The £300m raised alongside its stock market flotation will be invested in a €1.8bn pipeline of logistics properties – with Tritax actively negotiating the purchase of assets worth upwards of €600m.

It is targeting an initial dividend yield of 4.75% once fully invested, to be paid quarterly in sterling, and a total return in the medium-term of 9% a year.

On 26 September the company announced its first acquisition with the purchase of the global distribution centre for clothing retailer Mango in Barcelona for €150m.

The purpose-built facility was constructed in 2016 and is let to Mango on a 30-year lease. There is also potential to extend to an adjacent plot of land.

Eurobox expects to be fully invested by December with several other deals in progress. The shares do trade at a small premium to net asset value, probably reflecting investors’ hopes that it can match the impressive performance of Big Box. We’re certainly confident, so buy its shares now.


The MultiFamily Housing REIT

Keep an eye out for The Multifamily Housing REIT which is scheduled to join the stock market on 26 October.

The investment trust hoped to float in September but pushed back the date to give potential investors more time to do due diligence.

Assuming the listing does happen, we think it could be a good option for investors who want to add something property-related to their portfolio which offers a more resilient slant.

The real estate investment trust is focused on pre-built privately rented homes in ‘regional’ England (or in other words outside London).

In other geographies most institutional investment goes into pre-built stock but in the UK the focus up until now has been on build-to- rent schemes.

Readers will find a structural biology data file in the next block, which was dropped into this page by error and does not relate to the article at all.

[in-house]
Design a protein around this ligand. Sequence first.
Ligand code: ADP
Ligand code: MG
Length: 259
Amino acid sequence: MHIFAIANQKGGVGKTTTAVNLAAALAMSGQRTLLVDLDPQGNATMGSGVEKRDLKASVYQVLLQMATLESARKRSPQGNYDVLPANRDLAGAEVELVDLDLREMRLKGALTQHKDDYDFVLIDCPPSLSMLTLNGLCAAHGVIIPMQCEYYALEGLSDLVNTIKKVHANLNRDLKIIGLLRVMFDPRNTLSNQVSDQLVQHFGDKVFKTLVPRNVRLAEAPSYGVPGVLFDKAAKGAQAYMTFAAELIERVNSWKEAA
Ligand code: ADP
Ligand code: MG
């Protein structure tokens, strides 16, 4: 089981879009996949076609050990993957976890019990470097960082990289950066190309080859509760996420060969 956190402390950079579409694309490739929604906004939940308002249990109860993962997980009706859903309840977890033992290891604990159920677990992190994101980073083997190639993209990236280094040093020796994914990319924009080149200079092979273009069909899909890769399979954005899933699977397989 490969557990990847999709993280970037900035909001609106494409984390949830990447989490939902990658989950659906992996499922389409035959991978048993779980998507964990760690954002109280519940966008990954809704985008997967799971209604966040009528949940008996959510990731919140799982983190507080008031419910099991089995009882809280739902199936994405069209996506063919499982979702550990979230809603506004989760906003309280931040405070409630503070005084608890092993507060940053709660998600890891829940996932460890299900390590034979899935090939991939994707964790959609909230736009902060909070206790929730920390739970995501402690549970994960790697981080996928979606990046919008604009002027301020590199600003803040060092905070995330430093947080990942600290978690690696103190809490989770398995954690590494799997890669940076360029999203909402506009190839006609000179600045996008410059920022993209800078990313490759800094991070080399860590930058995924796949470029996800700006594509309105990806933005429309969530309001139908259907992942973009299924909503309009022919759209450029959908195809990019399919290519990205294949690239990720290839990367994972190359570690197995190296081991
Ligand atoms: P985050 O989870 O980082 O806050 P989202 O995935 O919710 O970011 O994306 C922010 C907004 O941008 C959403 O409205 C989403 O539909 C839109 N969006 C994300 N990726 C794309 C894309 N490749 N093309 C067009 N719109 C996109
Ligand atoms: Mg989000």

Jonathan Whittingham, CEO of Harwood Real Estate Asset Management and non-executive director of The Multifamily Housing REIT, notes there was a perception from some potential investors that the market it is targeting simply doesn’t exist.

He says: ‘We have first mover advantage and a sustainable bespoke hub operation. Build-to-rent, including those already built and those in the planning stage, accounts for just 1.75% of the regional residential market proposition. We are targeting the market with the broadest possible appeal.’

The plan is for the proceeds from the float to go towards the acquisition of a portfolio of properties in Bristol, the West Midlands, East Anglia, Manchester and Leeds.

These are ‘mid-market’ properties with average rents of £500 to £700 per month – equating to 30% of the median salary for around 70% of the local populations in these areas. The trust says this compares with average one-bedroom build-to-rent propositions requiring 46% of average local regional salaries.

Most of the properties are low-rise apartment blocks of traditional brick construction. As well as the initial seed portfolio, an immediate pipeline of £422m has also been identified. A total return of 10% is being targeted including a 5% dividend yield and the trust intends to have a progressive dividend policy.

The company will operate a ‘hub’ strategy with four separate hubs dedicated to managing the properties which, because they are in close proximity to each other, should result in efficient operations.

‘These are real homes for real people, housing the likes of office workers, nurses and teachers,’ Whittingham adds. He notes renters in arrears account for less than 0.5% of the prospective rental roll. (TS)